Energy Efficiency

Energy efficiency is one of the most controllable operating costs for commercial buildings. It makes both economic and social sense to employ strategies to reduce a building’s total energy usage. However, arbitrary mandates oftentimes are based on assumptions that have little to do with realistic capabilities and business realities. In this section, NAIOP outlines our energy policy and provides a understanding of the built environment’s role in increasing energy efficiency.

Download NAIOP’s Position on Energy Efficiency  


Becoming more energy-efficient is an important consideration in today's commercial real estate industry. At a time of increasing energy costs, both developers and their tenants understand that it makes economic sense to develop properties that lower their costs, thereby keeping them competitive in the marketplace. Most of the greenhouse gases that are released into the atmosphere come from coal-fired power plants during the production of electricity. Because buildings use a large percent of the nation's electricity, they are attributed responsibility for a large percentage of greenhouse gas emissions. The goal of reducing the greenhouse gas emissions attributable to commercial buildings therefore, has become a key component of the ongoing debate over energy.


In the real estate industry, local economic conditions determine the levels of efficiencies and costs that can be absorbed in a given market. Not all markets are created equal, however. Nationwide energy mandates for all building types will therefore create a disincentive to develop new properties in areas where the markets cannot absorb the increased costs. Time is needed to bring all markets to a level of sophistication where more sustainable technologies and methods become the norm and are available within a reasonable cost.

  • Energy Savings and Industrial Competitiveness Act (Senate) /Energy Savings and Building Efficiency Act of 2015 (House): NAIOP has been actively involved in supporting: S. 720 (Portman/Shaheen) and H.R. 1273 (Blackburn/Schrader). These bills advance building code efficiency targets while taking into account upfront costs to developers. They include realistic payback schedules for increased energy improvements.
  • Energy Efficient Commercial Building Tax Deduction: The federal incentive was renewed at the end of 2015 as part of the tax bill known as the PATH Act. Rather than continuing to pass short term extensions of this incentive, we believe that it should be enshrined in the tax code, making the incentive permanent. Additionally, the deduction amount should be increased and retooled to make it more usable for retrofits.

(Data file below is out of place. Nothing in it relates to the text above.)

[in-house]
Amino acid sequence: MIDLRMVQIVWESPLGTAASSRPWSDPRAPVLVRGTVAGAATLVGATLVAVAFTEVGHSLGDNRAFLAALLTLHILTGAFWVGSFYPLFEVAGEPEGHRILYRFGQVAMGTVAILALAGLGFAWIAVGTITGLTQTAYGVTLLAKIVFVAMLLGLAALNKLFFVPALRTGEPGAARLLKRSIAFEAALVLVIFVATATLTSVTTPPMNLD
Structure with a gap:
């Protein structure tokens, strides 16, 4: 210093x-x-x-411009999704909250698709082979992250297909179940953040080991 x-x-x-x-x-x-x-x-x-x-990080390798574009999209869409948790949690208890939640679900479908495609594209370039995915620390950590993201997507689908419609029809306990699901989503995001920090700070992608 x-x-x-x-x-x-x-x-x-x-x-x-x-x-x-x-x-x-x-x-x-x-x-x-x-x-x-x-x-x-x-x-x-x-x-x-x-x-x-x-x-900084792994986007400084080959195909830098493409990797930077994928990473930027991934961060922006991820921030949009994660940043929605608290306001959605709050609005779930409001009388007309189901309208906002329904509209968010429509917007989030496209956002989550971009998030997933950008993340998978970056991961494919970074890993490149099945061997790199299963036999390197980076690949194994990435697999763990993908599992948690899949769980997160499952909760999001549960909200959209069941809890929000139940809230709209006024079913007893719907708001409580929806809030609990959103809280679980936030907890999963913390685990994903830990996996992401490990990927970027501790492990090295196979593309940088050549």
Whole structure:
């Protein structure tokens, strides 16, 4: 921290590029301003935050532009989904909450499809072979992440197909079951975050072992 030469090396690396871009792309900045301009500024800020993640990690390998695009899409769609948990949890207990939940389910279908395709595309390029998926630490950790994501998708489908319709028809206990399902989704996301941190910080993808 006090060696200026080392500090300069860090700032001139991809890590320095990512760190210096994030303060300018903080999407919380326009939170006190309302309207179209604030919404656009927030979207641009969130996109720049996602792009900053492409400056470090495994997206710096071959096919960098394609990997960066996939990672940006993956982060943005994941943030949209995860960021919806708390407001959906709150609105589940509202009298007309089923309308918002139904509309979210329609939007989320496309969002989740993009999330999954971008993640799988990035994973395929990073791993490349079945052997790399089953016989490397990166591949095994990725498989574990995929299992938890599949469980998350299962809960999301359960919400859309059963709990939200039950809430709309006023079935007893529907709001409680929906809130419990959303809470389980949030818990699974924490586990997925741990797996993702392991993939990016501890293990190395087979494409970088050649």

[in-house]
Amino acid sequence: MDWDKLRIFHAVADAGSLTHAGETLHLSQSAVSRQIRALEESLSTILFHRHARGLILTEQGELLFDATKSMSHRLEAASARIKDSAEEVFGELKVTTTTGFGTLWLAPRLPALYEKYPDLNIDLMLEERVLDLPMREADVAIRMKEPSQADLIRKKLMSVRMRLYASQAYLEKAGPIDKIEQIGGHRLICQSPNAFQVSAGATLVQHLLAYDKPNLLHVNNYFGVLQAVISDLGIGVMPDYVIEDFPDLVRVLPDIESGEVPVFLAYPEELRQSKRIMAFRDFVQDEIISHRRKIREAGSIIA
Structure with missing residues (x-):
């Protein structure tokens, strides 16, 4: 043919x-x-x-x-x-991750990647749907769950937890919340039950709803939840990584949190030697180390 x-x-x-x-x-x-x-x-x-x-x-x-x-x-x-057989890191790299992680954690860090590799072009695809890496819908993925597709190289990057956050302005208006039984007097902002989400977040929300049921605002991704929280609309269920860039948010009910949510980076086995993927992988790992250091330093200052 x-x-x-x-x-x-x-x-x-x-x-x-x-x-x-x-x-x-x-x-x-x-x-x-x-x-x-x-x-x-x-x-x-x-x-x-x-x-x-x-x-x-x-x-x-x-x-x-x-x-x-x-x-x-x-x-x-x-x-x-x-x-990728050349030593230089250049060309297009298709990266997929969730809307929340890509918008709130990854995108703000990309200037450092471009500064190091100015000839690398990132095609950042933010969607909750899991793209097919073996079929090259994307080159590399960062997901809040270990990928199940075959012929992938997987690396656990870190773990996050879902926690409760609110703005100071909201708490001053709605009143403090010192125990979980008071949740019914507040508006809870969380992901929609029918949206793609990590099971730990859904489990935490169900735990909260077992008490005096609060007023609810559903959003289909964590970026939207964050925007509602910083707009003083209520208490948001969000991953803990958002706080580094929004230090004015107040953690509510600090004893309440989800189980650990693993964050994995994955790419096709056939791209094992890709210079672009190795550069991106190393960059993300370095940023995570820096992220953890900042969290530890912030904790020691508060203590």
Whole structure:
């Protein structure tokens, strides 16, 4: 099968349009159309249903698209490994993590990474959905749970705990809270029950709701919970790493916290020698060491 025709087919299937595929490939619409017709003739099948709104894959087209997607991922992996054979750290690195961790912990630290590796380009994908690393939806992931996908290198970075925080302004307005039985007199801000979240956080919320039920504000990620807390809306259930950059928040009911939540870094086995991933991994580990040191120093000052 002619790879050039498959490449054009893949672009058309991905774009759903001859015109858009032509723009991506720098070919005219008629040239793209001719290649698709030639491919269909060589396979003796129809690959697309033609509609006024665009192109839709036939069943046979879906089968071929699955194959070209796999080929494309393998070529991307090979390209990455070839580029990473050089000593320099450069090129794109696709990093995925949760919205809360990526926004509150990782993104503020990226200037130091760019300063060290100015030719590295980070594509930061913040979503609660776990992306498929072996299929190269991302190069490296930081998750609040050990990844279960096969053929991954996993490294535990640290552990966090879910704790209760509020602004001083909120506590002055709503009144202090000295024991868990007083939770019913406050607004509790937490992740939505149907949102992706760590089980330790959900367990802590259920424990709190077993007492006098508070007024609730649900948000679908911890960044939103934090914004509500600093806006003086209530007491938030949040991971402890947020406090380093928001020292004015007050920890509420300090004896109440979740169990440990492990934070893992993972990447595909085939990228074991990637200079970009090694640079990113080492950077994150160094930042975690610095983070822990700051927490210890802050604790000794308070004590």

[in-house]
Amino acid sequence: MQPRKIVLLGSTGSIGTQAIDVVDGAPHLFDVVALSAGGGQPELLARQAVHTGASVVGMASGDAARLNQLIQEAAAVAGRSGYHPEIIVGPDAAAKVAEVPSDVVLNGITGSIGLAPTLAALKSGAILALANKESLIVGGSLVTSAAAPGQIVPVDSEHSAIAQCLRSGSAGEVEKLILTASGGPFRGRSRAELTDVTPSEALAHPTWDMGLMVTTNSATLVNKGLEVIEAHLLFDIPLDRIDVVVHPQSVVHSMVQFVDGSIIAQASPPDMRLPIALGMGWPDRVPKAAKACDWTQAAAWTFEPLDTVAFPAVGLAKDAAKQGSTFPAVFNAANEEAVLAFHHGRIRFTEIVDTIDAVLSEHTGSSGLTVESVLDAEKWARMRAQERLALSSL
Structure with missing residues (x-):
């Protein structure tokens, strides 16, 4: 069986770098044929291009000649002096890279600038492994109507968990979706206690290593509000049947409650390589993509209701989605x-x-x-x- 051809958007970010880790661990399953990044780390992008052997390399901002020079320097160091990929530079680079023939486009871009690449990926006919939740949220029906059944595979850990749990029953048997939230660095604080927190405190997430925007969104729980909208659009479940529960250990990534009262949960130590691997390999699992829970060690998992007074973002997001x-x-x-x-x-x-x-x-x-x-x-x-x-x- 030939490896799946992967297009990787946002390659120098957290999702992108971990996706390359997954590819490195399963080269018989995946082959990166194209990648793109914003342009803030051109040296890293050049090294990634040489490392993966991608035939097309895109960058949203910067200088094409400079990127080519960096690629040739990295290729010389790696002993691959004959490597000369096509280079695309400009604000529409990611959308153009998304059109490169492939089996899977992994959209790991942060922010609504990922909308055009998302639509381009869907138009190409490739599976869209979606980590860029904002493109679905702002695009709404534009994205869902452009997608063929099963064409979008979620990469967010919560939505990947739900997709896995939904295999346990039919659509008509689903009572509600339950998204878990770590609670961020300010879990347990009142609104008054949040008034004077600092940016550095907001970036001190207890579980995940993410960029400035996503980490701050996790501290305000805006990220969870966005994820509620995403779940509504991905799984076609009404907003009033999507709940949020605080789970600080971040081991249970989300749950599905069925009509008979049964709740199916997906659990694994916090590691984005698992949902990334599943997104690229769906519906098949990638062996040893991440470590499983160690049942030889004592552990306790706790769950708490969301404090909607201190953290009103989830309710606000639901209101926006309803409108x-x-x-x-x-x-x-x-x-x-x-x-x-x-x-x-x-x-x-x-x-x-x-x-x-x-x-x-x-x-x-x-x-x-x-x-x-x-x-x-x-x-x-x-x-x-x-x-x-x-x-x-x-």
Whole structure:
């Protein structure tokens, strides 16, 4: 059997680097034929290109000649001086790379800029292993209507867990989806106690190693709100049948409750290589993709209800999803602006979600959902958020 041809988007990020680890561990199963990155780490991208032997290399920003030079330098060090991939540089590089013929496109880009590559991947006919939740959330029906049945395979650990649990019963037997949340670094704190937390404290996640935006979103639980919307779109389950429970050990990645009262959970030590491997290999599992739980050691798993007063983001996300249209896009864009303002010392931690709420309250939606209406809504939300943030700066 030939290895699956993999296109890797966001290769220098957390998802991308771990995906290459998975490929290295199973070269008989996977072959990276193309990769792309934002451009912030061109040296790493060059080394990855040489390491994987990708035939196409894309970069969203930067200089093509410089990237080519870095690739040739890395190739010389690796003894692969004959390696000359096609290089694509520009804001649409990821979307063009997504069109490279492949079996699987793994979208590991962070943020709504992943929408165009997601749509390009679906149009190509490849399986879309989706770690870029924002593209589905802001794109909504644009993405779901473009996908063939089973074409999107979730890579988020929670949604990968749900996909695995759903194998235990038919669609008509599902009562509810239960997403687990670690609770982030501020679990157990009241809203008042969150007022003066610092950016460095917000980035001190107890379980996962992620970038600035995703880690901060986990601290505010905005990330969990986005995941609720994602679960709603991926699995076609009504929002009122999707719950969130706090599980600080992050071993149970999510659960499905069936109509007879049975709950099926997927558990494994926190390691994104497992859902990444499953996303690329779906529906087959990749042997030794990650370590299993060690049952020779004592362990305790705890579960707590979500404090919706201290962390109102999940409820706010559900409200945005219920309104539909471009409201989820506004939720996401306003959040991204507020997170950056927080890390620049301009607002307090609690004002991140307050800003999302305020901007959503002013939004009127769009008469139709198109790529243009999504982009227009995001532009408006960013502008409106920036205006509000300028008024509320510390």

• Federal Rebates: Encouraging residential building owners to purchase energy efficiency appliances with federal rebates has been very successful. A similar approach is needed for energy efficient equipment installed in commercial buildings.


In the Senate, Senators Rob Portman (R-Ohio) and Jeanne Shaheen (D-N.H.) have been working on building energy efficiency legislation for several years, and introduced legislation this Congress known as the Energy Savings and Industrial Competitiveness Act. Their bipartisan bill was passed by the Senate Energy and Natural Resources Committee by a favorable vote of 19-3. The bill was then folded into a broader energy bill, S. 2012, which passed the Senate with bi-partisan support.

In the House of Representatives, the Energy Savings and Building Efficiency Act, was introduced by Congresswoman Marsha Blackburn (R-TN) and Congressman Kurt Schrader (D-OR). The House Energy and Commerce Committee also included the bill into a larger energy measure, H.R. 8, which was passed by the House in December of 2015.


  • Most developers cannot implement energy saving measures with more than a 5-year payback.
  • There are limits within the confines of a building code as to what can be done to increase energy efficiency. Energy codes generally only regulate the building's envelope (roof, wall and floor insulation), mechanical and lighting systems. Much of a building's energy use falls outside the purview of codes and will not be affected by an increase in code efficiency.
  • Since 2002, commercial building energy codes have already achieved gains approaching 50 percent. These substantial gains have been achieved in just the last three code cycles: 2004, 2007 and 2010.
  • Efforts to encourage states to update their building codes should remain voluntary and not be tied to federal funding requirements.
  • Congress should not attempt to force building owners to disclose the energy usage of buildings to the public (energy benchmarking). Most of the energy used in buildings is actually in the control of tenants, not owners and managers. Oftentimes, the owners of a building do not have access to the energy bills of individual spaces, or control over how that energy is used. It is unfair to stigmatize an entire building because some tenants might have high energy needs and demands.